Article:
As a sufferer of an eating disorder myself, I have come to admire Tracey Gold and her recovery from anorexia, and always like to watch her share her triumph over anorexia on TV specials, so I was beyond thrilled when I realized that she had a book out. But frankly, the book is not what I expected it to be, and is disappointing in a number of ways.
Tracey makes a big deal at the beginning of the book about how this book would in NO way be a how-to guide for other girls to learn how to be anorexic, but too bad she didn't practice what she preached.
At one point, she talks about a book on anorexia called "the best little girl in the world" and goes on to say how the book practically became her bible and she read it frequently and carried it around with her everywhere. Now, for anyone who hasn't yet read that particular book, let me tell you that the book is less an anti-eating disorder book, and more of a pro-ana type of book, because the character in the book is basically the perfect anorexic, and the author seems to glorify her for it. So anyway, for all of Traceys talk about not wanting her book to be a how-to guide, I really don't understand what she was thinking when she chose to talk about "the best little girl in the world" one of the biggest trigger books out there, and then go so far as to talk about how it was her bible and such. If she really felt it was necessary to talk about the book, I think she could have atleast disincluded the title of the book.
Another thing, Tracey spends more time talking about how she developed anorexia, and what steps led into her anorexia, and less time describing her recovery from it. She reveals nothing about what went on during her therapy sessions with dr. Strober, and talks more about her "eating days" and "non eating days" and even goes so far as to say that she refused to drink cough syrup when she was sick because it was during her "non-eating" days. She also describes the things she would eat and how she would over cook her food for so long that she no longer had any desire to eat it.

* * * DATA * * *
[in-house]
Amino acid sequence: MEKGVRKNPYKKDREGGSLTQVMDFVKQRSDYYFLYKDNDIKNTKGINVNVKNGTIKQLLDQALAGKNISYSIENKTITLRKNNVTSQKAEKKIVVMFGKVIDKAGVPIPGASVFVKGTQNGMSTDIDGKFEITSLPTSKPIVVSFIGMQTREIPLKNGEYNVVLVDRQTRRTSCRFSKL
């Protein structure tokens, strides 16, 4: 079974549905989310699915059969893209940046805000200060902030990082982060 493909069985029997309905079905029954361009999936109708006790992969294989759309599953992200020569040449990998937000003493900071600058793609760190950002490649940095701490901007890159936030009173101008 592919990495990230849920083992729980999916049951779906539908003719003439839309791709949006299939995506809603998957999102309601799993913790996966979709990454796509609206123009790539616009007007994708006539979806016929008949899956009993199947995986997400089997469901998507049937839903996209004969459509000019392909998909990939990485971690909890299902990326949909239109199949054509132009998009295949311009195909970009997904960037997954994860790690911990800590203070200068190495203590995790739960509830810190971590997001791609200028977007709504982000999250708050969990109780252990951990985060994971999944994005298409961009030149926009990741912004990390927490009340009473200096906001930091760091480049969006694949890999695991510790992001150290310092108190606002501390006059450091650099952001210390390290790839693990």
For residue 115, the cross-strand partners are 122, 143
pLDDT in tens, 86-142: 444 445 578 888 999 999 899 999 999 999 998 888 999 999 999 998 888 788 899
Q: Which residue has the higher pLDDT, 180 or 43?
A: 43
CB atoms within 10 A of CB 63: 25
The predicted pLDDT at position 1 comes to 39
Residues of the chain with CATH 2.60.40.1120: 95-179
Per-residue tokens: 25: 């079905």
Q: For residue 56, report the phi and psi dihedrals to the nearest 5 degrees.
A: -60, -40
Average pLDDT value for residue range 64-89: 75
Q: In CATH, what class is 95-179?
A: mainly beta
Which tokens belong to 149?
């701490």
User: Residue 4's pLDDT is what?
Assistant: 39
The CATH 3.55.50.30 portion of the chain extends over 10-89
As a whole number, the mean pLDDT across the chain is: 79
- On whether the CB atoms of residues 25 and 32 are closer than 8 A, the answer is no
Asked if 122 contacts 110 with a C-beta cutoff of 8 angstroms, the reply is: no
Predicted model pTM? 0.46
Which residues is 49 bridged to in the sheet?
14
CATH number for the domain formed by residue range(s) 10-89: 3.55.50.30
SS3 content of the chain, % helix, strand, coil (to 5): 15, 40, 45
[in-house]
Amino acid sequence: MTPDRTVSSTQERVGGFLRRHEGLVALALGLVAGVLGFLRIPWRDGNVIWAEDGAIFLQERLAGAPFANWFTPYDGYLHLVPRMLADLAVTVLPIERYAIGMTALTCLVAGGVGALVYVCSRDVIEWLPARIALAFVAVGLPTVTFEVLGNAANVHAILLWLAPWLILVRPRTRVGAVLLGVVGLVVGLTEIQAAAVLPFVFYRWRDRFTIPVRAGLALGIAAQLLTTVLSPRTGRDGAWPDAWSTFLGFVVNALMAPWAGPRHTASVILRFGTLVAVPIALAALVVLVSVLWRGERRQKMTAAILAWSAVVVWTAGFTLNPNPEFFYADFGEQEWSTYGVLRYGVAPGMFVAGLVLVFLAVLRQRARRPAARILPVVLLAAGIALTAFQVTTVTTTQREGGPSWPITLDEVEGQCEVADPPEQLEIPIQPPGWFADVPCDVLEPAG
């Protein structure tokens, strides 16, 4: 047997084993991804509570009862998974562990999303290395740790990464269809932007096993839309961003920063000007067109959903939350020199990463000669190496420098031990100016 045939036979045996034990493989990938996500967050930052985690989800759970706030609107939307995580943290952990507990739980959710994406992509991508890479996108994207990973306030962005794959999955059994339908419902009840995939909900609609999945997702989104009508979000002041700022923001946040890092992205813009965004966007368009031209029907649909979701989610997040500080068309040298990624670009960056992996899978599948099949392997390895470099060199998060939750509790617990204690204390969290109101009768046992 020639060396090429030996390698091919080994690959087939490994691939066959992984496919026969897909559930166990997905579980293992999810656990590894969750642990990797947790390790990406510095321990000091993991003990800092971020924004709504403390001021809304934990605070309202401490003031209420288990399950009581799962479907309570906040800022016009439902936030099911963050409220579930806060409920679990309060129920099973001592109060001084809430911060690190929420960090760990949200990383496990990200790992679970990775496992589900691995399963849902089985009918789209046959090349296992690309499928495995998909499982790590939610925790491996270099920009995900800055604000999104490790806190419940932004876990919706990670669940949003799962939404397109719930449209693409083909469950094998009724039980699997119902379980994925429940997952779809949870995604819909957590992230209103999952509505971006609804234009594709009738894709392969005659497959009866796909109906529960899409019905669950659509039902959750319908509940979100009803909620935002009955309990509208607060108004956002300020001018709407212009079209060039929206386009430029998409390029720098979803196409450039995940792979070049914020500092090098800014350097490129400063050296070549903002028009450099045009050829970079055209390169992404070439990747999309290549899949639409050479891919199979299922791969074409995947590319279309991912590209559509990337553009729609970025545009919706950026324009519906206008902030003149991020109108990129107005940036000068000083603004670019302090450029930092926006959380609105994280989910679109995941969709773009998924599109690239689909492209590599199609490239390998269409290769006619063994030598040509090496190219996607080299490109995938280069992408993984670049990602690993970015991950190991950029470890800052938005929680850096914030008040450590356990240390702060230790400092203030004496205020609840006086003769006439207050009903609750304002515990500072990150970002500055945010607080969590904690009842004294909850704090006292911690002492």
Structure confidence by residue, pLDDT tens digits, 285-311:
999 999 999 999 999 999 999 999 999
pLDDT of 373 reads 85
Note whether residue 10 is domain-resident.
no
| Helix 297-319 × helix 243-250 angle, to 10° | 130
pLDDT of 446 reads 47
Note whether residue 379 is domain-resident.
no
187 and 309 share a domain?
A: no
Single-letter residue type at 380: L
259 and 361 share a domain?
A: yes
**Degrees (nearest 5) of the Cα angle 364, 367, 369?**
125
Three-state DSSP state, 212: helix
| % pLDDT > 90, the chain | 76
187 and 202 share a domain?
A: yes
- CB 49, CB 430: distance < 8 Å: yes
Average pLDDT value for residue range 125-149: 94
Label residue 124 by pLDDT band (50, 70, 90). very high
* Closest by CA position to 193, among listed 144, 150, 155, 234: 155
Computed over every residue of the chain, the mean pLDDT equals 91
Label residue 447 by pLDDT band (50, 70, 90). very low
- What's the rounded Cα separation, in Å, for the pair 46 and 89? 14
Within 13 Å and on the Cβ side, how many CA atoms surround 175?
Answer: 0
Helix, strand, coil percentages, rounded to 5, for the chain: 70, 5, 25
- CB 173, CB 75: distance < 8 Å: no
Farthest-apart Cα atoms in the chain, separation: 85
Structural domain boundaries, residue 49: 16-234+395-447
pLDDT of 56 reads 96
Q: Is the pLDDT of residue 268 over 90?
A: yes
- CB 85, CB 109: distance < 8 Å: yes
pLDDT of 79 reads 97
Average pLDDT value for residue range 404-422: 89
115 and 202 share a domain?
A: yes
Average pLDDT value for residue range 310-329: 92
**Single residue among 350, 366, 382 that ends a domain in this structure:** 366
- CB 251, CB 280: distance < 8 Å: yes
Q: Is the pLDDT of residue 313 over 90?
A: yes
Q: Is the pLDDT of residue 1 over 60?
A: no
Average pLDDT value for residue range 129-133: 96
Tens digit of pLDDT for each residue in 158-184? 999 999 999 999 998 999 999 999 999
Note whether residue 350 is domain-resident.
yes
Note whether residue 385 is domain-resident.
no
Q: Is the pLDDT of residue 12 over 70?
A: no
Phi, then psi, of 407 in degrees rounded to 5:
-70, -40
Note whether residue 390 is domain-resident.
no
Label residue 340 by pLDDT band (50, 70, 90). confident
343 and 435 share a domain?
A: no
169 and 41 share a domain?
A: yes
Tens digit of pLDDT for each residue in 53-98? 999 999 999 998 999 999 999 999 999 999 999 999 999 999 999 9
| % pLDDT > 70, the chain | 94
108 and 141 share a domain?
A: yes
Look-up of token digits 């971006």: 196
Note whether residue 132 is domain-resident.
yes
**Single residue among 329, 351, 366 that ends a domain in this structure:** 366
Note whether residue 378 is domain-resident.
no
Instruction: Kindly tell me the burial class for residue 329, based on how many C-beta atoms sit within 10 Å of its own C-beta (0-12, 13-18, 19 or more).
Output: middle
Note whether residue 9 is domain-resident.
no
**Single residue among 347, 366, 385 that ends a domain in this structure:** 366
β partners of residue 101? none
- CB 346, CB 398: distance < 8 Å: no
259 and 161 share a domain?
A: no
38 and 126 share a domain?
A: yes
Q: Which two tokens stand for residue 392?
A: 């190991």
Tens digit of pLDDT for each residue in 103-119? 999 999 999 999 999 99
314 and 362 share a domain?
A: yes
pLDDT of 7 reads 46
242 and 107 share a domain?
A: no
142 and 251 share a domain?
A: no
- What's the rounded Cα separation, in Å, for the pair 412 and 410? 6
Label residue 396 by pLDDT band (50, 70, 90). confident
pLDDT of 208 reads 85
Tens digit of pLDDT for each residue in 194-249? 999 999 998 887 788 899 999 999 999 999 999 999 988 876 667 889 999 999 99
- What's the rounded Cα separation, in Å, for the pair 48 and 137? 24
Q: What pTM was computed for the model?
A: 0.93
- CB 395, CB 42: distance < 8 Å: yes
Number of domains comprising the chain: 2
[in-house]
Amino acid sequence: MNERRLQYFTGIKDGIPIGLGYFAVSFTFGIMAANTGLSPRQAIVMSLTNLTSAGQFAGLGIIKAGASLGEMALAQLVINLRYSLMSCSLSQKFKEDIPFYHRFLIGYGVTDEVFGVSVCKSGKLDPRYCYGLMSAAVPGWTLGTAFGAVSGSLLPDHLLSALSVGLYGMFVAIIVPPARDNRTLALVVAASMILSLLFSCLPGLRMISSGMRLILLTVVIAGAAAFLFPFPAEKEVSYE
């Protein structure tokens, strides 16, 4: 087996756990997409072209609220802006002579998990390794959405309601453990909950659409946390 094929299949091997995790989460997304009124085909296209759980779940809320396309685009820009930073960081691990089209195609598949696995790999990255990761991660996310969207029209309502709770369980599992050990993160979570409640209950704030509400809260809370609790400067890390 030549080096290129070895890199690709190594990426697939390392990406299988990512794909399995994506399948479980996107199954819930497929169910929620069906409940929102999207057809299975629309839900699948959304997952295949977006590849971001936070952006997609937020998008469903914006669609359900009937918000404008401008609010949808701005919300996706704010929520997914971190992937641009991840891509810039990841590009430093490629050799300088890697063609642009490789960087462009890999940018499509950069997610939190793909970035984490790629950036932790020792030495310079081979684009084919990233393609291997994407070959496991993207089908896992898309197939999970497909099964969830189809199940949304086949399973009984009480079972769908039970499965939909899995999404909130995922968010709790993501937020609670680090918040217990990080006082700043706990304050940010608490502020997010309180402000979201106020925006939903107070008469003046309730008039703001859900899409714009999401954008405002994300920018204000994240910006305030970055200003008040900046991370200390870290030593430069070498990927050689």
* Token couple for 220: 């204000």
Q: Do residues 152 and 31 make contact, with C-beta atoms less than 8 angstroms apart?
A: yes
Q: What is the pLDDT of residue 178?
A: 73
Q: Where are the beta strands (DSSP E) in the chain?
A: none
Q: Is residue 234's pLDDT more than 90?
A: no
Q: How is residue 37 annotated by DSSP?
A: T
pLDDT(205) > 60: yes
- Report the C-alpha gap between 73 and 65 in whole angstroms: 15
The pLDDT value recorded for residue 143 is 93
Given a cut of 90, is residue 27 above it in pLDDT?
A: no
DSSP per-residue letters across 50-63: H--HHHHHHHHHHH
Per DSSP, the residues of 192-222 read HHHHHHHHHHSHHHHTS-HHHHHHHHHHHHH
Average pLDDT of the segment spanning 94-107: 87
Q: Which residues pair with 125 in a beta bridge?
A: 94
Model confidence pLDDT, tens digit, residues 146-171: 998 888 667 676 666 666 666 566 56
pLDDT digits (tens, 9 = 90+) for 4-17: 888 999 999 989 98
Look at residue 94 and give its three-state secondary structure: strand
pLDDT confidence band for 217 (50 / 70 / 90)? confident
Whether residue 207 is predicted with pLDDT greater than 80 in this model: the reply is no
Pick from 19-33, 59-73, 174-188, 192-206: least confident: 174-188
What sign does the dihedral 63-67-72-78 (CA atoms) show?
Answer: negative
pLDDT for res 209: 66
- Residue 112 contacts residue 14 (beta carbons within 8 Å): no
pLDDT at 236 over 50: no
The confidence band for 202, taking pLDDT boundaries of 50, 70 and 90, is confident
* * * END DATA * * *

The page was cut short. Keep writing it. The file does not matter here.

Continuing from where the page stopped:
And then as many of you pointed out, there was the "ensure is a supplement that has like, a million calories" (or something along those lines) remark. Um, okay? Was that really necessary to put in there?
And then as many of you said, I didn't like the way she completely wrote off treatment centers, in a very arrogant manner may I add. True, her experience in that particular treatment didn't seem too pleasant, but so what? She tries ONE place, and that automatically means that non of them are competent in the treatment of eating disorders? Now I've never been to a treatment center myself, but I know from hearing about other peoples experiences that in-patient treatment can be life saving. And just because a place isn't effective for one person, doesn't mean that it won't work for another. It all just depends on the person really. I could have understood Traceys opinion a little better if she had atleast tried several places and not just one. And another thing, not everybody has the luxury of being able to afford entering and walking away from treatment whenever they please.
I mean honestly, how is this book in any way inspirational? I mean don't get me wrong, I'm still a big fan of Tracey and having an eating disorder myself, I can understand where its practically impossible to write a book on anorexia without revealing details that may be triggering to others, but like I said, there were many uneccessary details in her book that could have most certainly been left out.
in my opinion, I think she should write another book, one that focuses more on the details of her recovery, rather than the details of her anorexic behaviors